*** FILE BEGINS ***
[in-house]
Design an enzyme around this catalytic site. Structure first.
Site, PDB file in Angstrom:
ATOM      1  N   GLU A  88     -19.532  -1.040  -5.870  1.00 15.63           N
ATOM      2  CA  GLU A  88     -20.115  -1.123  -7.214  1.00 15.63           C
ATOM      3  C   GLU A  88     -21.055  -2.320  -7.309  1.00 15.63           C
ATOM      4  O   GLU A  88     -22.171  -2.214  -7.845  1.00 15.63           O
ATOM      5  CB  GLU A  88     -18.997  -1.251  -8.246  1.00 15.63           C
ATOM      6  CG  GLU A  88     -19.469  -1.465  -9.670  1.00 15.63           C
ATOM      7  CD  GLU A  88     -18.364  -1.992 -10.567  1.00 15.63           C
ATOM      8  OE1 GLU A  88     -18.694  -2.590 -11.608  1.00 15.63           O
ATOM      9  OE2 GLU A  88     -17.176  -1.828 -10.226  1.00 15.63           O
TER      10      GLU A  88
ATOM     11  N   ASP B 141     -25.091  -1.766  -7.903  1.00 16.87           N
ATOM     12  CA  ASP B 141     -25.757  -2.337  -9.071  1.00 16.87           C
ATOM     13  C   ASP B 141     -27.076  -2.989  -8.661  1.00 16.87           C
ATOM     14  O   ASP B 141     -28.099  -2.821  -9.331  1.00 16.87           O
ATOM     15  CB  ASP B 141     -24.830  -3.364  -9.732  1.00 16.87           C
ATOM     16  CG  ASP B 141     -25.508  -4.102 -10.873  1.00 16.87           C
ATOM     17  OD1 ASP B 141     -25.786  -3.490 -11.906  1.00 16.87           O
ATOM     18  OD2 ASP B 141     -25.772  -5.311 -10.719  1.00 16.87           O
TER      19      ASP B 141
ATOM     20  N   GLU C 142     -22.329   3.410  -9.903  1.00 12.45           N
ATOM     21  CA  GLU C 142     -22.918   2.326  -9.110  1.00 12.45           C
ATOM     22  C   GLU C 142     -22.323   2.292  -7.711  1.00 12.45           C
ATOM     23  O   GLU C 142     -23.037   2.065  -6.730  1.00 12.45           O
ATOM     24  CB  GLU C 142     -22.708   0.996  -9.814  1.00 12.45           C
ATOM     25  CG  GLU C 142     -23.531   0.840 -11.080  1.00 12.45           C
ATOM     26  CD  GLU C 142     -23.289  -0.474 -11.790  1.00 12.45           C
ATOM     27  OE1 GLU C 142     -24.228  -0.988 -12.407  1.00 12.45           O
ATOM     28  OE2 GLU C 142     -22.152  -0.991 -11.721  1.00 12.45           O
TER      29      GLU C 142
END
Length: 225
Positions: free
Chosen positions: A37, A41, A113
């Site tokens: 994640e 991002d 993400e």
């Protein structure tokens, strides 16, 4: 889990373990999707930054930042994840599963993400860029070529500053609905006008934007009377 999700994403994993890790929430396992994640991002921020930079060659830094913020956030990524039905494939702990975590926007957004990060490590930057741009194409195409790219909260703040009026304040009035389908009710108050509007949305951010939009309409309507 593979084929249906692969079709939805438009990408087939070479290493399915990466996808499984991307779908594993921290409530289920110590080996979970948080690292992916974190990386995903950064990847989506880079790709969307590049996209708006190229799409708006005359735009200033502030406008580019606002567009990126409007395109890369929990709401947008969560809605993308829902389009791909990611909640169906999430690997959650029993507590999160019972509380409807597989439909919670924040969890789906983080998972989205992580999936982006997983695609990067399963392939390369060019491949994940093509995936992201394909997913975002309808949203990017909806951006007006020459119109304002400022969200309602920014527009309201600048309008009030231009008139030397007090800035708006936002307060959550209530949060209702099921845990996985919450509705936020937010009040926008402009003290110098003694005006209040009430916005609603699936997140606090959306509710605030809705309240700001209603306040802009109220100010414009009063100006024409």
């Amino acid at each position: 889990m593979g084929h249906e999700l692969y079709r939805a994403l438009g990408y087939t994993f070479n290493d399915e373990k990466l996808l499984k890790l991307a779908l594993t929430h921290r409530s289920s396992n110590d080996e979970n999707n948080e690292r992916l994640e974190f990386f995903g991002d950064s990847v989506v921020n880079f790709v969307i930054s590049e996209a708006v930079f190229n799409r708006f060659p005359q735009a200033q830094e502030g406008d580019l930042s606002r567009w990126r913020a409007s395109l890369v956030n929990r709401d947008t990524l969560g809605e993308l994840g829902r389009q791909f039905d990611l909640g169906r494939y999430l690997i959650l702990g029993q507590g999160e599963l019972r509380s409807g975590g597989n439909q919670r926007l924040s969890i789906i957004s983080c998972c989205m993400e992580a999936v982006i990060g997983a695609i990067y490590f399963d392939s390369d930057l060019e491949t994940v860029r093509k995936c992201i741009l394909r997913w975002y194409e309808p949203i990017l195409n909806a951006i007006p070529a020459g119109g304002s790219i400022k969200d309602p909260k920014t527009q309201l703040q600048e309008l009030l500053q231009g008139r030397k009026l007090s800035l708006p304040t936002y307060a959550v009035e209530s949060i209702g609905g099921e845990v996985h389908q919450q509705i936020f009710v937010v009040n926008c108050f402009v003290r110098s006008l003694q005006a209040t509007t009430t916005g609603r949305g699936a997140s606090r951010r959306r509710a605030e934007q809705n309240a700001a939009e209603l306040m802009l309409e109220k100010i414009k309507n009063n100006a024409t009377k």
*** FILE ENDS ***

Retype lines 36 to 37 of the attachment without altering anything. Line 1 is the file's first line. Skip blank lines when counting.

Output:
Chosen positions: A37, A41, A113
């Site tokens: 994640e 991002d 993400e």